Mohan Bhagwat still wears shorts inside his pants
Rashtriya Swayamsevak Sangh (RSS) leader Mohan Bhagwat is a vet by trade.
A few days after Shakir Yunus Banthia and Vasim Shaikh, two men in their early 20s from Madhya Pradesh, morphed and sexed up Mr Bhagwat in a pair of tight khaki trousers and high heels and taking a breast-salute to widespread titters in the social media, a horse was beaten so badly by a BJP leader in Mussoorie, his leg was amputated.
Mr Bhagwat hasn't uttered a word about the incident. But his morphed picture has evidently offended him, which essentially means the "Hindu sentiments". The two youngsters have been remanded to judicial custody.
Mr Ganesh Joshi, the BJP MLA responsible for converting a perfectly normal four-legged horse into a three-legged one, thus morphing nature, is at large. This is despite the fact that a horse, like the cow, is a Vedic animal.
We get a rather fluid scale here. The scale and sensitivity of the "Hindu" sentiment.
It's a safe bet that the morphed image of the RSS leader would have been amputated from the social media by the time this piece sees the light of day. Or efforts would be in full swing in that direction.
The name of that direction is 'censorship'. In this case, it stems from the need to protect one's image, one's need for deification. Add to that scale, the word 'Muslim' and we have a rough idea of what's at work.
Had the horse been beaten up by a Muslim, there would have been mayhem in the north of this country. Up 'Naarth', as they would say, if you are not Ram, you are the antonym, Rahim.
The RSS is all set to change their khaki shorts to full-length pants "to move with the times". This is not a sudden decision. A couple of years ago, at the paper I worked for, we had broken the story and front-paged it. If the RSS is moving into full-length trousers now, it's a considered decision.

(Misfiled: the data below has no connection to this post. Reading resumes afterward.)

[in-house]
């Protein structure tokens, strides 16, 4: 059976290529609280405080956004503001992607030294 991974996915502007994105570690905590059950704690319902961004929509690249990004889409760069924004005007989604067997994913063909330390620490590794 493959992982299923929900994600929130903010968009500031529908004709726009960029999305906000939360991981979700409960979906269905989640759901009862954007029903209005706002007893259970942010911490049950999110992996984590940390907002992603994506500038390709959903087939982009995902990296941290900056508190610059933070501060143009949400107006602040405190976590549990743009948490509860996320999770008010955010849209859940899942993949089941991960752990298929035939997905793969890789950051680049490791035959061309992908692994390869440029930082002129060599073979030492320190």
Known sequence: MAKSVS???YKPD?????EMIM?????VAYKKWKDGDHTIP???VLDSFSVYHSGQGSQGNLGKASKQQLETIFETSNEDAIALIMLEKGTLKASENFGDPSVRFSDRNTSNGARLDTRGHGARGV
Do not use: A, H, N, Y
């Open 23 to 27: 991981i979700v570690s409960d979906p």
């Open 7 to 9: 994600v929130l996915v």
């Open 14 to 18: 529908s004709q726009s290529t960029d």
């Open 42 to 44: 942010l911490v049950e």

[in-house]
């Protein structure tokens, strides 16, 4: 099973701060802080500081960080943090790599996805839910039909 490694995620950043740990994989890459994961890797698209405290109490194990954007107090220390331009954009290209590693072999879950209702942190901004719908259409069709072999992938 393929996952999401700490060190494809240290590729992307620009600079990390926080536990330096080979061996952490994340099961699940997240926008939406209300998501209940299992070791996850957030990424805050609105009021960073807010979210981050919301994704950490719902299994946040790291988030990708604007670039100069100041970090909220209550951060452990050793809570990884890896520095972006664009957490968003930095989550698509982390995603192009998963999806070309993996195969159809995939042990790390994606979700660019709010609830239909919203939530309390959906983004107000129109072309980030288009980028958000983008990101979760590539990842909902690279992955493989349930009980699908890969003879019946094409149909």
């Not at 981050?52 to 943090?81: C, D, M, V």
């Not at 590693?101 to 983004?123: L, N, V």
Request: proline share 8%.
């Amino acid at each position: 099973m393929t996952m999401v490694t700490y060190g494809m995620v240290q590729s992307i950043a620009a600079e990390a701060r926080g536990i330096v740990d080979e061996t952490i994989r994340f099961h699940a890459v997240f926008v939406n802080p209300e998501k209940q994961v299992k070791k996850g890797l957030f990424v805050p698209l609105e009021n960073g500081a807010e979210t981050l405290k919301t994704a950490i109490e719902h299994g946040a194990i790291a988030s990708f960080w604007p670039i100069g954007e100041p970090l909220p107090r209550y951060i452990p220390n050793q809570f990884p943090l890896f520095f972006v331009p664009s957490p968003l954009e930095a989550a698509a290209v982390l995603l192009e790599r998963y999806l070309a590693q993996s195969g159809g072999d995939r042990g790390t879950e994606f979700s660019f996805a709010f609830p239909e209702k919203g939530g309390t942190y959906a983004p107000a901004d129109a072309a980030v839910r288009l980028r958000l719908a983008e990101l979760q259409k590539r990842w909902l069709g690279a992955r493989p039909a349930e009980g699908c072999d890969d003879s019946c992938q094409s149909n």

The trousers might cover the fat legs of their sentimental leaders, but not the dark stuff and scowl of their minds. That needs exposure and an understanding of history, which is not mythological in its foundation.
A sorely lacking sense of humour - call it the fashionable name, tolerance - is precisely why the RSS appears ill equipped to move with the times. Most organisations striving for order, a prescriptive life style, display it.
Free speech is conditional on the right to offend
Stalin is a very good example of how censorship became the central pillar of his sombre regime. And very often it is not censorship enforced as in pre-empting dissent by making clear what is correct in the nature of a nation's discourse; it is retroactive as well.
Stalin had a whole department working at existing records both written and visual; a department, which deleted people from his surroundings in addition to physical extermination.
There is the famous picture of Yeshov, Stalin's favourite NKVD chief at one time (before he was shot in 1940) to his left in a picture on a bridge. But after Yeshov fell from favour, Stalin had him airbrushed from the picture.
There is the even more famous photograph of Lenin addressing the troops in May 1920 with Leon Trotsky and Lev Kamenev in the foreground under the dais; both were "enemies of the people". Stalin airbrushed them away from the picture, after he had them murdered. He was not purging the party. He was purging history so he became more and more important in the telling of it.
The Indian situation perhaps is not so bad. But a leader like Mohan Bhagwat or an organisation like the RSS has no real future in a multi-cultured society if they cannot tolerate a joke, especially by a minority.
I have said this before; unfortunately I must parrot it again. Free speech is conditional on the right to offend.
Bhagwat would be doing a great service to himself and the "nation" if he laughs at his high-heeled, butt-thrusting image, and tell the remanded youngsters to go home and do a better job. And he, like a good vet, take care of the poor horse.
The views expressed here are personal and do not necessarily reflect those of the organisation.